Have you watched karate movies where the hero just pokes his enemy with his fingers and the enemy passes out? This seems to be impossible, but in reality applying pressure on the body can indeed cause someone to fall down or be knocked out. Pressure points are areas on the body that are highly sensitive to the application of pressure. In martial arts, these refer to areas on the body of a person, which produces great pain or other responses by the human body when directly hit in a certain manner. The effectiveness of pressure points does not rely on great manly strength but instead it relies on precise targeting to get the desired specific outcomes. By knowing the specific pressure point areas and how to apply these pressure points, you can easily take down your opponent.
You can easily take down your opponent when you know where these pressure points are located in the body. Pressure points that are immediately accessible are found in the neck, arm and leg. Certain attack techniques are used to activate these pressure points.
Neck pressure points involve applying pressure to major arteries and blood vessels as well as nerve centers. If you attack your opponent in these areas, he will most likely faint and lose consciousness. Striking under the jaw in a diagonally back to front maneuver can cause unconsciousness or dislocation of the jaw. Grinding with the thumb or knuckles may result to intense pain. Poking or pressing in and upward behind the corner of the jaw at a 45-degree angle toward the head causes an intense pain and dislocation of the jaw.
Pressure points of the arm can be used to control an attacker and to force him to the ground. Pressing in toward the bone and up toward the wrist of the arm where the pulse is located can cause the hands to weaken, thus making your opponent lose his grip. Striking or pressing the inside of arm just below the inner knob of the elbow can cause the elbow to bend or go numb.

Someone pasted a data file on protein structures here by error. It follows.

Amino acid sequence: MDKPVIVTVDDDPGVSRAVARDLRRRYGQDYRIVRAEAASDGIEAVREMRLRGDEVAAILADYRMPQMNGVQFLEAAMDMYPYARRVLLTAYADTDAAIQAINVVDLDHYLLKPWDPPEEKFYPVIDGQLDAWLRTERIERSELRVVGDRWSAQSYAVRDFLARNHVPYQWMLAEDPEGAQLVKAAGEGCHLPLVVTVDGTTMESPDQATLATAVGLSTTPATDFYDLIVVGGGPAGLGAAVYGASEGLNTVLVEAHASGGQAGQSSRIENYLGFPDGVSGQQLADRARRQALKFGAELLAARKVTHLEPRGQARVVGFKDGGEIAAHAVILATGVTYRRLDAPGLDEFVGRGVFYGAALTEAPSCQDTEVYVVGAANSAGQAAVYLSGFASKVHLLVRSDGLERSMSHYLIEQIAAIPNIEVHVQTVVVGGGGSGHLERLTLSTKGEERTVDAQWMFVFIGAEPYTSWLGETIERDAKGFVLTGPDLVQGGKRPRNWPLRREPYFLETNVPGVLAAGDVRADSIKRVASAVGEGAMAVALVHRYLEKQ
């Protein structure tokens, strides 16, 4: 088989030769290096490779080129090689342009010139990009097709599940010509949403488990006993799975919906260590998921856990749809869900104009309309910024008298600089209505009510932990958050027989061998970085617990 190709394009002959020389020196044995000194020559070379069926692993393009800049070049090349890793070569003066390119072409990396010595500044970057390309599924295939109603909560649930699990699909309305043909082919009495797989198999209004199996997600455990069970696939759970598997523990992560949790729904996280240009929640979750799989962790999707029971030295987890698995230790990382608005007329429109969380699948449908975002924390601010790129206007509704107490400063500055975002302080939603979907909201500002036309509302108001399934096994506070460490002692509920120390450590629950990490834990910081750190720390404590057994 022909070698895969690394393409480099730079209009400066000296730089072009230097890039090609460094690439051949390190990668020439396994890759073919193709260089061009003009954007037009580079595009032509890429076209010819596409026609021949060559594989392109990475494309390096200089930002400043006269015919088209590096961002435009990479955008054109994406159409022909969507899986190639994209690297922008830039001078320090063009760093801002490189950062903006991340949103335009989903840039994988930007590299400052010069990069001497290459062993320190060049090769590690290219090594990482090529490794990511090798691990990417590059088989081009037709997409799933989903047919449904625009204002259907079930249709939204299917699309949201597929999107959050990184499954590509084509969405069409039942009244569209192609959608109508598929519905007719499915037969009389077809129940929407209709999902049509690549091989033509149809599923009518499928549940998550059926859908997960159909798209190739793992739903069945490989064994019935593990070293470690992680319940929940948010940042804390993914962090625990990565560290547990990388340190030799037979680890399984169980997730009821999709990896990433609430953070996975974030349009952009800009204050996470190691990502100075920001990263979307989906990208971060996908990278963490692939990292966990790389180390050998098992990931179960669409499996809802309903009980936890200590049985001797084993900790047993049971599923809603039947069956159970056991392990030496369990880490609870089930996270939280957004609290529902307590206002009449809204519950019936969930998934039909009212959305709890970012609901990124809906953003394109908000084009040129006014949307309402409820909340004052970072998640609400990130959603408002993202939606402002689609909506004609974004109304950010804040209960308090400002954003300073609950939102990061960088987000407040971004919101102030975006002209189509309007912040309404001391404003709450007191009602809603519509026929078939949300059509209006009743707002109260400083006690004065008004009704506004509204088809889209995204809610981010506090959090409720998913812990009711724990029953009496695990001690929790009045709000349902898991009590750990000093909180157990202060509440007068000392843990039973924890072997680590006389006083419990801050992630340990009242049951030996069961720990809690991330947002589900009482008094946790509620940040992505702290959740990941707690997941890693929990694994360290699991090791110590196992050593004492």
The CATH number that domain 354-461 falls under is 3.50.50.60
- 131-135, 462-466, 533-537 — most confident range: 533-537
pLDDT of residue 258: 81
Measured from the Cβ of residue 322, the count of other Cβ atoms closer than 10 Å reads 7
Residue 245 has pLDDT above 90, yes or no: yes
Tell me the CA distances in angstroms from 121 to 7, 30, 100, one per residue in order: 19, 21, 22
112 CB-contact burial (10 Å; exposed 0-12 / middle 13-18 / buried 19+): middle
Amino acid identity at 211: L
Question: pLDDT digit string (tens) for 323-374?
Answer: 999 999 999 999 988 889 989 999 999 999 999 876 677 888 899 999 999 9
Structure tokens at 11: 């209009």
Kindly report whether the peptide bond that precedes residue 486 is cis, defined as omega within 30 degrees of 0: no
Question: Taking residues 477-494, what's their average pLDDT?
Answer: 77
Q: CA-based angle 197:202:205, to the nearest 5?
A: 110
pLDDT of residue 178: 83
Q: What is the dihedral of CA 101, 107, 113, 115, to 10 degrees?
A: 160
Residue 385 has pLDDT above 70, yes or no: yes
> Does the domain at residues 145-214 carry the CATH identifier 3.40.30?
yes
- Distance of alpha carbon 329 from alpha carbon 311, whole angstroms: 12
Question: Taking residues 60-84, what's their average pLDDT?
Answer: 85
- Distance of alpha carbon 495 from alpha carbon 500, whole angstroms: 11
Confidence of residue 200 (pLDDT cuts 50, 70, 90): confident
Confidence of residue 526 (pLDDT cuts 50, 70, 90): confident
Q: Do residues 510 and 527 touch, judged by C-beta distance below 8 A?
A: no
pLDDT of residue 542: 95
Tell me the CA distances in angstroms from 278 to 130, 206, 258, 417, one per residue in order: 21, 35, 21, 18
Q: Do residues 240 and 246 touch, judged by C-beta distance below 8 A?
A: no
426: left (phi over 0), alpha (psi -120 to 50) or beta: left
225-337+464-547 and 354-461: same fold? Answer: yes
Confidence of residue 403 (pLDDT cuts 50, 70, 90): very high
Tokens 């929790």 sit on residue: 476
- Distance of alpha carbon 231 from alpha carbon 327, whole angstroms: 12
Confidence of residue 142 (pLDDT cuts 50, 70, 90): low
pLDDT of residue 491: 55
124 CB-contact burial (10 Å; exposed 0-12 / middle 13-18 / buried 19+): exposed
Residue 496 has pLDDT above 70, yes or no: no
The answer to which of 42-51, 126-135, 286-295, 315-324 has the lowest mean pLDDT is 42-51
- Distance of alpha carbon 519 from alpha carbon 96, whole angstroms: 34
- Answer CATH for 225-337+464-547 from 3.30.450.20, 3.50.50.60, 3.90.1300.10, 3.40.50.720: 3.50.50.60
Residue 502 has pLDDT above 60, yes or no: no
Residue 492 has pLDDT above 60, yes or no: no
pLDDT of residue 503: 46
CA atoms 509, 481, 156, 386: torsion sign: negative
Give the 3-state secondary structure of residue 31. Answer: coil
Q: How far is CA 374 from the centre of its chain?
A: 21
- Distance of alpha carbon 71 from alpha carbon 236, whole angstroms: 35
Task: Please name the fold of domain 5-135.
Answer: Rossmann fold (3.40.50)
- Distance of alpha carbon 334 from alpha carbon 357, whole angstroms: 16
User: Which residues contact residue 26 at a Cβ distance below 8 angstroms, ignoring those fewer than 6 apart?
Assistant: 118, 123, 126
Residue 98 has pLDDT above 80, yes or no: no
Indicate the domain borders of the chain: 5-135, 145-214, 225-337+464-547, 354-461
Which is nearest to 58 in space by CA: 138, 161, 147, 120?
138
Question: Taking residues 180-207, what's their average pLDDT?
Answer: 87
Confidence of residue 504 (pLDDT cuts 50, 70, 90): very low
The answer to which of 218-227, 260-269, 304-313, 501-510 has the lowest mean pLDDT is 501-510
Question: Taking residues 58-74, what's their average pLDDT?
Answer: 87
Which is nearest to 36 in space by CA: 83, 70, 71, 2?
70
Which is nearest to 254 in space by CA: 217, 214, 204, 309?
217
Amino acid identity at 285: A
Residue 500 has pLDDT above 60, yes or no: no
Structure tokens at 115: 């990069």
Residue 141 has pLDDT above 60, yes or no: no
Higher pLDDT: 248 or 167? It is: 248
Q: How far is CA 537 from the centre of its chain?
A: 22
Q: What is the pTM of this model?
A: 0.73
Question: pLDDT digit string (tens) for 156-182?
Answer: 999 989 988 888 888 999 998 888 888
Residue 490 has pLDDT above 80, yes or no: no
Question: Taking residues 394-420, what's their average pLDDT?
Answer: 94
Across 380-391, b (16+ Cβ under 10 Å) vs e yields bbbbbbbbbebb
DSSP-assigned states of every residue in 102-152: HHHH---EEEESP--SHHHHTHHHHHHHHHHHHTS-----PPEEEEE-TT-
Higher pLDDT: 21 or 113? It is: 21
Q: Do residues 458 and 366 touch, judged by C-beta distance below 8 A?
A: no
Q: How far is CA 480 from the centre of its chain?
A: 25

Pressure points of the leg can be used to immobilize, distract an opponent, or, if required, to seriously damage the leg or knee of the enemy. Kicking the back of the thigh just below the buttocks immobilizes the leg. Kicking with the toes or by pressing with knuckles the middle of the inner thigh which is halfway between the groin and the knee can distract the attacker. A harder strike can buckle the leg and force the opponent to the ground. A stamping kick or toe kick at the back of the leg or just below the knee causes extreme pain and may cause the muscle to spasm. Kicking the Achilles tendon at the back of the ankle with the edge of your foot can cause pain but with a harder kick it may damage the tendon.
Proper knowledge of pressure points and pressure point techniques is beneficial in taking down one's opponent. Used accurately and properly, it provides an effective means in controlling an adversary without inflicting serious injury.